Load Rating

A tire's load rating, sometimes signified by the load index code is the amount of weight that that tire is designed to carry within a maximum speed...

load rating visualThe maximum speed which the tire is designed to operate at it's speed rating and  the two are closely linked together --each affecting the other. (Read the linked article to learn how, if you're not certain.) 

Usually you even see the two indexes noted together when they're shown on the tire sidewall or written in technical descriptions of specific tires as in

225/50R16 89S

In the above example the three characters at the very end are what interest us.   The load rating of that tire is shown by the code 89 which, if you'll look in the table below is 1,279 pounds or 580 kilograms.  That is the maximum load, or weight which the tire is designed to be used with when operated at a speed no greater than the "S" speed rating indicates (112 mph).

If your needs are greater than wither of these indexes or ratings state, then you should be shopping for tires with ratings that at least meet what you expect to be using, otherwise you're inviting a problem to happen and, as most problems tend to do, likely at the most inconvenient time.

The load rating you need in a tire is calculated by adding up the total weight that will be carried on each axle and dividing by the number of wheels on that axle.  On a passenger vehicle such as a car or truck that's usually 2, but, as you've noted some vehicles will have 4 wheels across (and a very few specialty vehicles have only 1).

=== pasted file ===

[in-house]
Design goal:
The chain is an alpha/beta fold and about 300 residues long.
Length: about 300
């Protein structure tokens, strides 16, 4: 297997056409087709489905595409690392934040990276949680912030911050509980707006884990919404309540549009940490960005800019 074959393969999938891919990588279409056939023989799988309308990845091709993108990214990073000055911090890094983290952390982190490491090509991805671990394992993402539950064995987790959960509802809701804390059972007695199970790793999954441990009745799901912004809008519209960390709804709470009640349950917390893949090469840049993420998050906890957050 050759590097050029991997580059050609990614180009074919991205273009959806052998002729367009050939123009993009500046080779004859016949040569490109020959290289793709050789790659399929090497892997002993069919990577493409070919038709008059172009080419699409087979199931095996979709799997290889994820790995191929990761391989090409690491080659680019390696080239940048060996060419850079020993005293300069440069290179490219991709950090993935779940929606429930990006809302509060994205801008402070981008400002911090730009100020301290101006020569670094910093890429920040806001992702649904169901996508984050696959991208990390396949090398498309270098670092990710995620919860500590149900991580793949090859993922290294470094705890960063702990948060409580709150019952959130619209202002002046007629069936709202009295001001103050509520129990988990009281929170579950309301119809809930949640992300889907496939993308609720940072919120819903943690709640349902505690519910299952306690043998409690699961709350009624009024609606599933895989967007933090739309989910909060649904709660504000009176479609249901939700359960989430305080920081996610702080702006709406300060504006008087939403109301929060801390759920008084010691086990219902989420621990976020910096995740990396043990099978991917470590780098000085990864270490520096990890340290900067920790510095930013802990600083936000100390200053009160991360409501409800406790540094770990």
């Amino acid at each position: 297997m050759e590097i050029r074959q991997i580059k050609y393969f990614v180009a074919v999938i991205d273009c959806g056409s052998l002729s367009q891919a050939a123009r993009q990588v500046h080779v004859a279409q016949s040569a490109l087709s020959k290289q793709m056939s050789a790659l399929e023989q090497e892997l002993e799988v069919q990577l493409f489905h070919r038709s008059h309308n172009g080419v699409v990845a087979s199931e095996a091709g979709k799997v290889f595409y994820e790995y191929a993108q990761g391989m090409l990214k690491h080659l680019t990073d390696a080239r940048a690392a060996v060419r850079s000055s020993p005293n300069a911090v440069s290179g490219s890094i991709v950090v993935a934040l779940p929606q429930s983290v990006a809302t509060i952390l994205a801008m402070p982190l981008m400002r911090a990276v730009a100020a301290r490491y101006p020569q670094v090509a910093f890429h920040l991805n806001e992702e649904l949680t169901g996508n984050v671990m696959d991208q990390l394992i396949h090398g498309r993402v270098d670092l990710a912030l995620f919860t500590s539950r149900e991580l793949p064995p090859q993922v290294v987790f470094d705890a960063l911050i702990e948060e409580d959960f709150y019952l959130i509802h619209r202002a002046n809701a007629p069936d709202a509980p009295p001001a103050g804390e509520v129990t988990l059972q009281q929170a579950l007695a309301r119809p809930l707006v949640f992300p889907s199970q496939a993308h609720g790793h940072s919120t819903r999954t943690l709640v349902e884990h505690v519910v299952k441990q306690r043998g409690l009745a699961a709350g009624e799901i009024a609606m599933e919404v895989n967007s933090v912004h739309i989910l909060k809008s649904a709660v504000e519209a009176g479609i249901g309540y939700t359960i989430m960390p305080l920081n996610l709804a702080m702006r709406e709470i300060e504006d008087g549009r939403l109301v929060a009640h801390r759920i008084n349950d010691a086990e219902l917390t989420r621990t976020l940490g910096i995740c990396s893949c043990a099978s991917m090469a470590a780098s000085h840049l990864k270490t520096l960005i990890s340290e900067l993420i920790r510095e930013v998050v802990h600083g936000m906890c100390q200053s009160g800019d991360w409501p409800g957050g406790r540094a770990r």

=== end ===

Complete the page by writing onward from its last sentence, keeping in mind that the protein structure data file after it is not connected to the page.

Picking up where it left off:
When you know the maximum weight that each tire on an axle is expected to carry you can then consult the table below to learn the load index you need.   In general terms, there is no harm in using a load rating which is greater because you are left with a larger margin of safety, but if you go far beyond what you normally expect to use on a regular basis, you may end up at least paying more for your tires than you need to since a greater load rating tends to be more costly than a tire with a lower rating.

Load Rating Table

Below are the load index ratings used for passenger cars and light trucks.  The range is from 71 to 110.  At lower levels you'll note that the Kg capacity increases 10 kg for each step up, but as levels rise, this increase is greater, reaching 30 in this table. The point is that there is no direct relationship between the index and the exact weight which the tire can carry -- you don't have to double the index to carry twice as much weight.

Load Index Pounds Kilograms
71 761 345
72 783 355
73 805 365
74 827 375
75 853 387
76 882 400
77 908 412
78 937 425
79 963 437
80 992 450
81 1019 462
82 1047 475
83 1074 487
84 1102 500
85 1135 515
86 1168 530
87 1201 545
88 1235 560
89 1279 580
90 1323 600
91 1356 615
92 1389 630
93 1433 650
94 1477 670
95 1521 690
96 1565 710
97 1609 730
98 1653 750
99 1709 775
100 1764 800
101 1819 825
102 1874 850
103 1929 875
104 1984 900
105 2039 925
106 2094 950
107 2149 975
108 2205 1000
109 2271 1030
110 2337 1060

Also see the article on speed rating.

Load Range

There is also a weight carrying rating system called Load Range which may be a bit confusing if you run into it and are not aware of how it is different from this system.  Read up on it in Load Range.


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